What is proctitis?
Proctitis is a term used to describe irritation of the rectum lining (known as the rectal mucosa). The rectum is the final part of the digestive system, which connects to the colon at one end and the anus at the other. Stools pass from the bowel along the rectum and out of the anus. Proctitis is similar to ulcerative colitis; though proctitis only affects the rectum while ulcerative colitis can affect the rectum and the colon. Proctitis can cause mucus, blood and pus to be discharged and can be an acute (temporary) or chronic (long-standing) condition. Some patients with chronic proctitis can go for long periods of time without any symptoms before experiencing a flare-up.
Proctitis can affect men and women and tends to be more common among white, European populations and is relatively uncommon among Asian populations.
What causes proctitis?
There are many possible causes of proctitis, including:
- Sexually transmitted infections, such as gonorrhoea, Chlamydia, syphilis and herpes; this is the most widespread cause of proctitis.
- Medication, including antibiotics, can cause proctitis as a side-effect.
- Treatment: treatments, including radiotherapy, can cause proctitis.
- Other inflammatory conditions, such as Crohn’s disease and ulcerative colitis.
- Rectal injuries.
As proctitis is more common among certain populations, this may suggest that environmental factors like diet may play a part.
Symptoms of proctitis
The main symptoms of proctitis include:
- Rectal bleeding: blood may be mixed with the stools.
- Needing the toilet suddenly.
- Always needing the toilet (known as tenesmus).
- Mucus discharge mixed with stools.
- Producing small stools on a regular basis.
- Abdominal pain on the left hand side of the abdomen.
- Pain around the rectum and anus.
If proctitis is left untreated it can lead to complications, which may include:
When should I see a doctor?
You should see your doctor if you develop any of the symptoms listed above, especially if you have a history of having sexual intercourse without using condoms. If you experience severe abdominal pain or you notice blood in your urine or faeces, you should arrange to see your GP as soon as possible or visit your local Accident and Emergency Department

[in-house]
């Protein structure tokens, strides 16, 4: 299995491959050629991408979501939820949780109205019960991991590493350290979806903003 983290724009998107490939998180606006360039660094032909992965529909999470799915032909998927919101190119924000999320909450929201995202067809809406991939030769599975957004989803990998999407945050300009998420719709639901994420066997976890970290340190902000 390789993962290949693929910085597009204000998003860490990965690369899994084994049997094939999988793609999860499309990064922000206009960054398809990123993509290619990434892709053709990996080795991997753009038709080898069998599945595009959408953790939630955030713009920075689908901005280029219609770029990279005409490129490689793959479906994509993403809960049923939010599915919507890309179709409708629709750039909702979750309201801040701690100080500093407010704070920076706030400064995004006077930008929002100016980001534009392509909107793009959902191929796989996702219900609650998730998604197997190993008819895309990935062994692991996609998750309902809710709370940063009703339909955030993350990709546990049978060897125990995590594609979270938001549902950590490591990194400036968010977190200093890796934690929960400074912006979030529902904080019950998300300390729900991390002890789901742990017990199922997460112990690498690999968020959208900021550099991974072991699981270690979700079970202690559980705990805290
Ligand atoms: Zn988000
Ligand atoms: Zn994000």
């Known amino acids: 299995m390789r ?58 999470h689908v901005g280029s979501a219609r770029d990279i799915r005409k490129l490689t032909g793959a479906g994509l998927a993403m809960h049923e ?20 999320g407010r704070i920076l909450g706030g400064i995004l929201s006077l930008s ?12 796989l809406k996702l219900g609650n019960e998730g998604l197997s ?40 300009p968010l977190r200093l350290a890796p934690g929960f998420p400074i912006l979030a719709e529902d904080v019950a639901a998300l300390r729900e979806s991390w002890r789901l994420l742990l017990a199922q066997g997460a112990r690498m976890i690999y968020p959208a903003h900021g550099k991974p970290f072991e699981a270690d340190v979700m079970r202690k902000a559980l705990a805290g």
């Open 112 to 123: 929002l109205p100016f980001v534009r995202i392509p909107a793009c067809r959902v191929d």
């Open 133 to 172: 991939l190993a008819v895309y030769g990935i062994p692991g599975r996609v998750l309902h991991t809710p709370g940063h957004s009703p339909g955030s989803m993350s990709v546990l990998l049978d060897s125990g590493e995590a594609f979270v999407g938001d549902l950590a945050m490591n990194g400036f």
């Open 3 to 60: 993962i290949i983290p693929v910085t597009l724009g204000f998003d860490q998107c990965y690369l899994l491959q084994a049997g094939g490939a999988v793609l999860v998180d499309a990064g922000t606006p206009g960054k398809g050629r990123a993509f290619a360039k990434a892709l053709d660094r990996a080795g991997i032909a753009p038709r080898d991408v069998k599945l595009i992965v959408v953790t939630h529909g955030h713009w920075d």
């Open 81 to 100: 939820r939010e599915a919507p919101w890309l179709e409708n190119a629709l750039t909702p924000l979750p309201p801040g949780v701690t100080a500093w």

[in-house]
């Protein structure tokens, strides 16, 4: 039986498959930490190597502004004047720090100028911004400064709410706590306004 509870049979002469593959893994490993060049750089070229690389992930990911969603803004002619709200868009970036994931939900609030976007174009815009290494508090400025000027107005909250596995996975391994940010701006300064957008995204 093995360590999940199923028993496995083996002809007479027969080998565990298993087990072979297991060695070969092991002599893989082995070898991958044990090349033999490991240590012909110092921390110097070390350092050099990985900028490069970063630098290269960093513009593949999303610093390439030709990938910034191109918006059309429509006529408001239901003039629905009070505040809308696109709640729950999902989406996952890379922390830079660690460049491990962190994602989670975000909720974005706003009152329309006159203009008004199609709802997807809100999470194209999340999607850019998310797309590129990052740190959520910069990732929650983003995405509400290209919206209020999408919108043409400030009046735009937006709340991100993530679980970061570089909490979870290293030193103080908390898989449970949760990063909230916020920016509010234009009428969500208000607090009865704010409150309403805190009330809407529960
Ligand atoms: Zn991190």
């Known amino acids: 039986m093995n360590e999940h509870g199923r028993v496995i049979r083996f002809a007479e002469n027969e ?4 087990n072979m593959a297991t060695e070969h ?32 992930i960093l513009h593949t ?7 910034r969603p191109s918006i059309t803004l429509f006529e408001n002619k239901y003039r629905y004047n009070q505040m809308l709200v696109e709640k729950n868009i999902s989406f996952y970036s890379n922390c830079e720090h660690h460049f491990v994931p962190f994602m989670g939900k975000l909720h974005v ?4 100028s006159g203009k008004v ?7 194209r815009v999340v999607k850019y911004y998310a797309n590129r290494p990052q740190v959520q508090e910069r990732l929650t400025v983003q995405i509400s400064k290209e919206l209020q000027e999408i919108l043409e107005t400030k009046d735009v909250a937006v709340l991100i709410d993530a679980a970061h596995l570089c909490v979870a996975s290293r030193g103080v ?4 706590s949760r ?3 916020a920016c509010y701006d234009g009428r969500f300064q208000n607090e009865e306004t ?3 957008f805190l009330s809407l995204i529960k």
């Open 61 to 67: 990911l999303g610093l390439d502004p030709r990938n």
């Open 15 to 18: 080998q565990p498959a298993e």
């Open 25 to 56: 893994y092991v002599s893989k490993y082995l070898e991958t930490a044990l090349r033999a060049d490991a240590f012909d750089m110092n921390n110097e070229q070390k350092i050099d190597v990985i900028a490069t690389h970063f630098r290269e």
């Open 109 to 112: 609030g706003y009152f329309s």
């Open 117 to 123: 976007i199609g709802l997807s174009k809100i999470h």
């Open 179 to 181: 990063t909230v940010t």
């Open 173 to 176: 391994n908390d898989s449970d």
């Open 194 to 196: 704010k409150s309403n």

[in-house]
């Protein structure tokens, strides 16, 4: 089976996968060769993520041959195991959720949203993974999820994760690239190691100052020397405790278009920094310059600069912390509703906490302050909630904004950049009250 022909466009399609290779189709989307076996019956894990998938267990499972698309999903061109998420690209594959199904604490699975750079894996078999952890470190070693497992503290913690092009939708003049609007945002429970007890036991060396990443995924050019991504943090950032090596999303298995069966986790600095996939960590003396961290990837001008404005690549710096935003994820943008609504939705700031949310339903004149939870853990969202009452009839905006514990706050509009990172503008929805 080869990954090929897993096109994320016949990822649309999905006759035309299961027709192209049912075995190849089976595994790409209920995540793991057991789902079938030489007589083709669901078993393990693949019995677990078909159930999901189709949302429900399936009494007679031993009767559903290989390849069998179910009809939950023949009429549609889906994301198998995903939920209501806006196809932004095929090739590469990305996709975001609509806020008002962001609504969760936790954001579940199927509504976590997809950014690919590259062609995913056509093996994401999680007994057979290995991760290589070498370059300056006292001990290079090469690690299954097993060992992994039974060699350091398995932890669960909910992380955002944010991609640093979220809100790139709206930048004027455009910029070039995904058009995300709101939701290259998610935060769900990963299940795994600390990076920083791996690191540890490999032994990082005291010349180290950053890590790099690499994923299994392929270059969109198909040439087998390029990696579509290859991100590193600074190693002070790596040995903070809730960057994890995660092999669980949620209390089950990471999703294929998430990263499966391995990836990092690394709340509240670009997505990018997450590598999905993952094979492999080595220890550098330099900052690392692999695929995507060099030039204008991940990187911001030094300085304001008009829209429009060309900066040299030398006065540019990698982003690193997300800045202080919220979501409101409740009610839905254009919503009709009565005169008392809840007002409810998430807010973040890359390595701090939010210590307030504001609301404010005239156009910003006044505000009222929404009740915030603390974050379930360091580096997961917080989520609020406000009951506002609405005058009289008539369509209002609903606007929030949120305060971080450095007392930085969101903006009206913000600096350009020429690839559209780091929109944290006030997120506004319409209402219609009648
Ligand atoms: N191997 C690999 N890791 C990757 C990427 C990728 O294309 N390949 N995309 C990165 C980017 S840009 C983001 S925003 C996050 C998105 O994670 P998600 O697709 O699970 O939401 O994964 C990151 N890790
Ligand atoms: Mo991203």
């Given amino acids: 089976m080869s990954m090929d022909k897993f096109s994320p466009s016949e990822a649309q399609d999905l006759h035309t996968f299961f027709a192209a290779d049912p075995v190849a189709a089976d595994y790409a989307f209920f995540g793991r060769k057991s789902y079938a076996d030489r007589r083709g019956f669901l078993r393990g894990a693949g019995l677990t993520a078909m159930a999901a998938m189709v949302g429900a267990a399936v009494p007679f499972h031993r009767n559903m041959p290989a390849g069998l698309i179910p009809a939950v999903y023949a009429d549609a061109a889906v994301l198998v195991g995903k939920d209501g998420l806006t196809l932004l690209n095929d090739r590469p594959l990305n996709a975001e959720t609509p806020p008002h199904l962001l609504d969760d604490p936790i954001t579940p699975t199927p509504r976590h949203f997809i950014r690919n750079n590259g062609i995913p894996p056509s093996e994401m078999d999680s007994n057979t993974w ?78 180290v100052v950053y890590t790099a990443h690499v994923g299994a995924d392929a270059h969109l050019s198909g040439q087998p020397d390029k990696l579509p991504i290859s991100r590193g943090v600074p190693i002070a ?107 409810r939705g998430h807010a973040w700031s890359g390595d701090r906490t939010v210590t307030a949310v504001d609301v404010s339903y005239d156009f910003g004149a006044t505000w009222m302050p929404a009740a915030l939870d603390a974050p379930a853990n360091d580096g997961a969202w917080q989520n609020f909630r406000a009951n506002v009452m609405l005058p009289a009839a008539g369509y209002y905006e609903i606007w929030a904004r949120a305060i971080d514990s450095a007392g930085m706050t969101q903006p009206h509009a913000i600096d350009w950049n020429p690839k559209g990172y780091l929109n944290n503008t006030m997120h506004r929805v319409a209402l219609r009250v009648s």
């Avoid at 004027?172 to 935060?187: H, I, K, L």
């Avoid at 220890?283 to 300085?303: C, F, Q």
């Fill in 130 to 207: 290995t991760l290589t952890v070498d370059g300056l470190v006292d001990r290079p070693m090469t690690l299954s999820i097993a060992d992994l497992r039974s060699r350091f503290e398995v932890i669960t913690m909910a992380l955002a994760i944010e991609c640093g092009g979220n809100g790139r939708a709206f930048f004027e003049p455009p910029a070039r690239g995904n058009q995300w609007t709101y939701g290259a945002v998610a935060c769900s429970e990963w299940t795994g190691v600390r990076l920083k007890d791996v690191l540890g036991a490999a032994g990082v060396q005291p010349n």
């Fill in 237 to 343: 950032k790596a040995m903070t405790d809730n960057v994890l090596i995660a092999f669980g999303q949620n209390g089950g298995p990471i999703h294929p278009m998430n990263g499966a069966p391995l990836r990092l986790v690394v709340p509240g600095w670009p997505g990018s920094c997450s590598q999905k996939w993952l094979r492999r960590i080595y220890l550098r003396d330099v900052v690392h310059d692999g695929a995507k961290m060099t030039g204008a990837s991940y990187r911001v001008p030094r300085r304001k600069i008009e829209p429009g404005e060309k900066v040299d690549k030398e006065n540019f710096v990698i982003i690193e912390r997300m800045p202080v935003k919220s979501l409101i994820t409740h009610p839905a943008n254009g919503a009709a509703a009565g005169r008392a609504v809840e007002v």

How is proctitis diagnosed?
If you feel unwell or you develop symptoms you should see your GP. When you visit your GP they will ask you questions about your medical history, symptoms and carry out an assessment. If your doctor thinks you have proctitis they will refer you for some tests, which may include:
- Sigmoidoscopy: this test examines the lower part of the colon and allows doctors to see images of the lining of the sigmoid portion of the colon. The test is done using a thin tube, called a sigmoidoscope, which is fitted with a camera and passed up the back passage.
- Colonoscopy: this allows doctors to see detailed images of the colon and rectum using a thin, flexible tube known as a colonoscope. The test can determine the extent of inflammation. During the test a biopsy sample may be taken, which involves taking a very small piece of tissue. This sample is then analysed in the laboratory under a microscope.
- Blood tests: the results of blood tests can show the extent of inflammation.
- Stool sample: this may be analysed to check for underlying infections, which could be causing symptoms such as diarrhoea.
Treatment for proctitis
Treatment for proctitis depends on the cause. If proctitis is a result of an underlying infection or condition, this will be treated first and in most cases the inflammation will go down without further treatment. If proctitis is not caused by an underlying health condition or infection, medication is usually prescribed and drugs are given via enema, foam preparations or suppositories. The most commonly used drugs for proctitis are topical steroids known as 5-ASA. These help to reduce inflammation in the bowel. Most cases of proctitis are caused by sexually transmitted infections and the main solution in this case will be a course of antibiotics.
In rare cases immunosuppressant medication may be given. Surgery is used rarely to treat patients with proctitis and you will only be considered if the condition is causing serious problems and flaring up on a regular basis. Patients with chronic proctitis are advised to see their doctor on a regular basis.
It is not always possible to prevent proctitis, especially if it caused by an underlying health condition, such as Crohn’s disease. But you can reduce your risk of developing proctitis by practising safe sex and avoiding multiple sexual partners. Condoms are available free of charge from sexual health clinics, GP surgeries and GUM (genitourinary medicine) clinics.